Be sure to check out this morning’s lead editorial on WRAL.com, “Voters lose, gerrymandering wins. It needs to stop.” Here’s an excerpt:
“Imagine buying seven apples and six oranges at the grocery store only to get home and discover the store decided you should have 10 apples and just three oranges.
That’s exactly what is happening to voters in North Carolina. Tuesday 49.7 percent of the state’s voters picked Democrats to send to the U.S. House of Representatives. But only three Democrats (23 percent) actually were elected.
It gets worse. Fifty-one percent of the voters picked Democrats to serve in the state Senate. How many won? Just 42 percent. So Republicans will hold 29 of 50 Senate seats. The same thing happened in the state House of Representatives. Republicans will hold 66 of the 120 seats even though 51 percent of the voters picked Democrats.
How can a majority of voters cast their ballots one way only to see the result be the opposite?”
After explaining that the answer is, of course, North Carolina’s absurdly gerrymandered districts, the editorial continues:
“The unfairness is to voters who expressed their will but see it subverted and ignored by those who are supposed to serve them. The result is an out-of-control legislative majority and leadership with a radical agenda that’s out of step with citizens’ views and desires. The evidence is overwhelming – highlighted by policy blunders like House Bill 2 and the two power-grab state Constitutional amendments voters just overwhelmingly rejected.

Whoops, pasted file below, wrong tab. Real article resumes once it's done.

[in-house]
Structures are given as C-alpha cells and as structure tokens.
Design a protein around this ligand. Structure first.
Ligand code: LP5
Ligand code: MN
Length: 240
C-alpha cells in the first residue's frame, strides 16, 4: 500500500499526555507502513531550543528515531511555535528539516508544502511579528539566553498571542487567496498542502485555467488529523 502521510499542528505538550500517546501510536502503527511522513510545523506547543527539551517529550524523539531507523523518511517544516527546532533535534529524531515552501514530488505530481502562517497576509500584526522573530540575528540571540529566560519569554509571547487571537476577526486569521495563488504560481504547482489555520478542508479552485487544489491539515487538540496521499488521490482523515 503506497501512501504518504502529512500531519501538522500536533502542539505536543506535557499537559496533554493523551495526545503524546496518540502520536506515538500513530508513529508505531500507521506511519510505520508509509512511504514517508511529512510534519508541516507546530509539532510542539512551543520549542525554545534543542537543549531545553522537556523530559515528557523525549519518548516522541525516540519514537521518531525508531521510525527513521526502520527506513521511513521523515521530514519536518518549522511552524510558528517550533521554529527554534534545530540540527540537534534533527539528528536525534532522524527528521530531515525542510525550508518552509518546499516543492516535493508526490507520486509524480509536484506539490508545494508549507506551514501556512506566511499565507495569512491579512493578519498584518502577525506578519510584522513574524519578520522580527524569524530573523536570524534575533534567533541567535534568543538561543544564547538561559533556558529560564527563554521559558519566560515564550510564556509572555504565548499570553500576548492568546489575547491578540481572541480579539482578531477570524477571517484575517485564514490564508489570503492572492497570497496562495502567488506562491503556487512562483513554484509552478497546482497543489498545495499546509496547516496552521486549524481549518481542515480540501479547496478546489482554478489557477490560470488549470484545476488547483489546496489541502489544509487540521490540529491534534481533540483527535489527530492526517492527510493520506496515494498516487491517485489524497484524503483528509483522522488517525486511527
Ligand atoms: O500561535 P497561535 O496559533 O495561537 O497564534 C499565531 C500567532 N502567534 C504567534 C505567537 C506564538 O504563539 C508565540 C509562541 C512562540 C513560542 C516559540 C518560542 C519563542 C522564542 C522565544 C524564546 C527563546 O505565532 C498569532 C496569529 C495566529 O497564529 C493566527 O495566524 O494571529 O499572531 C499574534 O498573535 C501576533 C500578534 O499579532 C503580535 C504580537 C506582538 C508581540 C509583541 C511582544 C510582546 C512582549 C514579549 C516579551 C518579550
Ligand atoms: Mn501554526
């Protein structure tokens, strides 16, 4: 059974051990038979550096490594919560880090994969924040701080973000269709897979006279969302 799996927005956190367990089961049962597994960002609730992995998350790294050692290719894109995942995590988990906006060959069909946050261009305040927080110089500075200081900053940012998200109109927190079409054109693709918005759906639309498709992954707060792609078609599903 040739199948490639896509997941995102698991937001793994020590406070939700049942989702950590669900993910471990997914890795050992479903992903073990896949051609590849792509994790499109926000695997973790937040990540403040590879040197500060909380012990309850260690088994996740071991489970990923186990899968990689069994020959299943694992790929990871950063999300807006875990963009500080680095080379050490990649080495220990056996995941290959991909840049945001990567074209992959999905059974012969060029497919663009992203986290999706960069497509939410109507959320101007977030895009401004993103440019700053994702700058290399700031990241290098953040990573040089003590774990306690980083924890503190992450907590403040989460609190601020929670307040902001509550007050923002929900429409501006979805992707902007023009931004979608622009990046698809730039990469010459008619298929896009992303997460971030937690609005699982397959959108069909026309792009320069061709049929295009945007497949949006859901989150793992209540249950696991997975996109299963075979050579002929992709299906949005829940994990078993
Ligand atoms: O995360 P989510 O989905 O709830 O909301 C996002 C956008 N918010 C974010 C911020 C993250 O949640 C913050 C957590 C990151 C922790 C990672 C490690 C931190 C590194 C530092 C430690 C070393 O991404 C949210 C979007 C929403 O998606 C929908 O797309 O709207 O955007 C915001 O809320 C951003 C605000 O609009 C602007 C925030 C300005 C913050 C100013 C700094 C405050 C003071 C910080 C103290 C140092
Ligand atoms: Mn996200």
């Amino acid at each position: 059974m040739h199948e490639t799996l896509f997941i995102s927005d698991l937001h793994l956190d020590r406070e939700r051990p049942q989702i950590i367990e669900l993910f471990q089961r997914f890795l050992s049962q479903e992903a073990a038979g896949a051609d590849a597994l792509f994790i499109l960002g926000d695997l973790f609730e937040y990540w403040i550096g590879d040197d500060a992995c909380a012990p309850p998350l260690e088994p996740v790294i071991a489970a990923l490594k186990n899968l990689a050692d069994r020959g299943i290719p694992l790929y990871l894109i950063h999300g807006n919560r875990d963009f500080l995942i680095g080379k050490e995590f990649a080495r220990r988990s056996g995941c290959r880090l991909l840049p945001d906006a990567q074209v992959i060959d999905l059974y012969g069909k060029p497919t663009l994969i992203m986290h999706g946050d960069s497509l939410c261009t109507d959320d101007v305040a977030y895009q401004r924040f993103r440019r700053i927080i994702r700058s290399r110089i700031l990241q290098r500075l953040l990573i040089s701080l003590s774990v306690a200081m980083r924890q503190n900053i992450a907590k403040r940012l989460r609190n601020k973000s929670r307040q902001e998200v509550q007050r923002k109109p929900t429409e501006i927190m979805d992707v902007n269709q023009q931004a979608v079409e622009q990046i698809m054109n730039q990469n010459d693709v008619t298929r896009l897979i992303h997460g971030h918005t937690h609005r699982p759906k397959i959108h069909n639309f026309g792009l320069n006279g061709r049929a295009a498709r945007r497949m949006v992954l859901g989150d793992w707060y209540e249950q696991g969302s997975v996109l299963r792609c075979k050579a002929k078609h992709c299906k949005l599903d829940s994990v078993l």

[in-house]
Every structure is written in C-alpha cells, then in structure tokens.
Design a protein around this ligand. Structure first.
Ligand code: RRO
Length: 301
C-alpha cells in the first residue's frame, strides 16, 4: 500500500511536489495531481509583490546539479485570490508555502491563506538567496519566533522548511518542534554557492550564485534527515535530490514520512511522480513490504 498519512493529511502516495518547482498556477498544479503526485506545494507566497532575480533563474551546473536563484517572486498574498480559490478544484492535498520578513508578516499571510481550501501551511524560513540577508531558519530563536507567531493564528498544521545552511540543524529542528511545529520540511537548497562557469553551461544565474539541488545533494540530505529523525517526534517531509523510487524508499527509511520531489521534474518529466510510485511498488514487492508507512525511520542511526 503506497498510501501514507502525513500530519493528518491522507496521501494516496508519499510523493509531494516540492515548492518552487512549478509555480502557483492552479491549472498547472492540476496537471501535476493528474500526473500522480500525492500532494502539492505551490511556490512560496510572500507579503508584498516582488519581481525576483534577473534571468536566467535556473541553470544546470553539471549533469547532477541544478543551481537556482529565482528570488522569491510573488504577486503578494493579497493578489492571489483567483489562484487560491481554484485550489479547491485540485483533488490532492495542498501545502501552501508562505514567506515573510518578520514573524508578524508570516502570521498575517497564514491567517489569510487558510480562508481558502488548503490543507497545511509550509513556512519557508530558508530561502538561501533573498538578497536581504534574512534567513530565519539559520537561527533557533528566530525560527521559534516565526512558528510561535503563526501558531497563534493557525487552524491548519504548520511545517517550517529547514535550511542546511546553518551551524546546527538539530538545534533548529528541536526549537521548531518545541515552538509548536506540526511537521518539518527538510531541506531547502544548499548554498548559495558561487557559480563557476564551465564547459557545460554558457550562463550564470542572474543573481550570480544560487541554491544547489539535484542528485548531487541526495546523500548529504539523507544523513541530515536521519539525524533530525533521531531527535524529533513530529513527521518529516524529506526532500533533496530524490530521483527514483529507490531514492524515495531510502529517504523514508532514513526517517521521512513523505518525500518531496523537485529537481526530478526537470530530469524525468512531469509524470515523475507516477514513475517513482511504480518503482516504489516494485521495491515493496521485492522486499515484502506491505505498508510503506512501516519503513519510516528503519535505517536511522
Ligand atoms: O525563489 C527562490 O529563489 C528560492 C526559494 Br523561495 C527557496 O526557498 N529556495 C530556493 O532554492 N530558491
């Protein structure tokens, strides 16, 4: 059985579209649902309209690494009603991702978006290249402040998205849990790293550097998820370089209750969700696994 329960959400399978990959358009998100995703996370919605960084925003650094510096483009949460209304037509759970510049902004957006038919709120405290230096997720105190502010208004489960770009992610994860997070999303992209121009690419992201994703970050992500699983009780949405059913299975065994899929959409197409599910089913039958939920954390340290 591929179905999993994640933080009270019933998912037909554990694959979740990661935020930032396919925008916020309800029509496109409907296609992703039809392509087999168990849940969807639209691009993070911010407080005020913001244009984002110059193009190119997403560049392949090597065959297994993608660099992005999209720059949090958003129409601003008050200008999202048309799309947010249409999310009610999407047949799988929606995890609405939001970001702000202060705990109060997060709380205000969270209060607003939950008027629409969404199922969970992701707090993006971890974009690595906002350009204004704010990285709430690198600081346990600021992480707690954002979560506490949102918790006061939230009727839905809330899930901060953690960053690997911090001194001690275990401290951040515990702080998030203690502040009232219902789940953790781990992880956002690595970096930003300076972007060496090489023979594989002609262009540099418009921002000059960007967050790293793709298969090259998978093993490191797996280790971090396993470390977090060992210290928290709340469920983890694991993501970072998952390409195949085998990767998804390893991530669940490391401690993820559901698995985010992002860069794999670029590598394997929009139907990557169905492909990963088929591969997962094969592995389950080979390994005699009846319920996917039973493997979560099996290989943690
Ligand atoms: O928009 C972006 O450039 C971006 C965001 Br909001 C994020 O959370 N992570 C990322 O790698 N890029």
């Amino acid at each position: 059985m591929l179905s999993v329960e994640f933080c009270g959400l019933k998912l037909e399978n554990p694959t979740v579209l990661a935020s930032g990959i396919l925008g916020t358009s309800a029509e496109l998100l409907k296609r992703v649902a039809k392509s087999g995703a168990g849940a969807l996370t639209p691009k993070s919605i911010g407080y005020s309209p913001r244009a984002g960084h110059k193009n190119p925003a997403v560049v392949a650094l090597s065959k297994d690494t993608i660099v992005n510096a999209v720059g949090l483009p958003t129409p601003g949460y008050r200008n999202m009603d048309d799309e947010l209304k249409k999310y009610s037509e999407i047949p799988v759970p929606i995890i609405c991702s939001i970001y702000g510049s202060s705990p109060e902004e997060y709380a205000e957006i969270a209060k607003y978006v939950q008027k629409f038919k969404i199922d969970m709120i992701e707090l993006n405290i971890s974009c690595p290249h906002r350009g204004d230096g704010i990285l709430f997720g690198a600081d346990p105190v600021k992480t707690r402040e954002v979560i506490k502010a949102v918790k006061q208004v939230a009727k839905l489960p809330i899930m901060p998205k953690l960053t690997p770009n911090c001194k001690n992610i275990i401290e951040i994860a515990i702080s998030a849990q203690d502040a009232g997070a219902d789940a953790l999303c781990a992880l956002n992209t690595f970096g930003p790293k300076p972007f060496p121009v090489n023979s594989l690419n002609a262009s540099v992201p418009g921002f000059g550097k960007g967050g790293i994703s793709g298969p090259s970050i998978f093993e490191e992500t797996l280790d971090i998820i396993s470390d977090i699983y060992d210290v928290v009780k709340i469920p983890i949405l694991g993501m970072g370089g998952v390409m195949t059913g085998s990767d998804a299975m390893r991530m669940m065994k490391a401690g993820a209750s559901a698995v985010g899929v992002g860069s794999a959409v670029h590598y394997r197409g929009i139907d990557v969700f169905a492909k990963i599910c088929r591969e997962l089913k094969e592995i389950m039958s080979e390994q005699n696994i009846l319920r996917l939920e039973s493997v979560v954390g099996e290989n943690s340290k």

This is not a surprise. The courts have repeatedly ruled, since the districts were redrawn in 2012, that they are illegal – both because of racial discrimination and excessive partisanship.
North Carolina has suffered too long under laws passed by an illegally constituted legislature. North Carolina taxpayers have wasted millions in legal fees defending the indefensible.
Sixty-nine current and newly-elected legislators (44 Democrats and six Republicans in the state House and 19 Democratic state senators) have signed Common Cause’s ‘Fair Maps Pledge.’ In addition, eight Republicans were among the sponsors of a bill, that was never heard, to establish a nonpartisan redistricting commission.
When legislators convene later this month, rather than looking to weaken Gov. Roy Cooper and further shore up their diminished authority, legislative leaders should openly discuss and have the General Assembly adopt an independent, nonpartisan process for congressional and legislative redistricting.
Get the job done. Make North Carolina elections fair again.”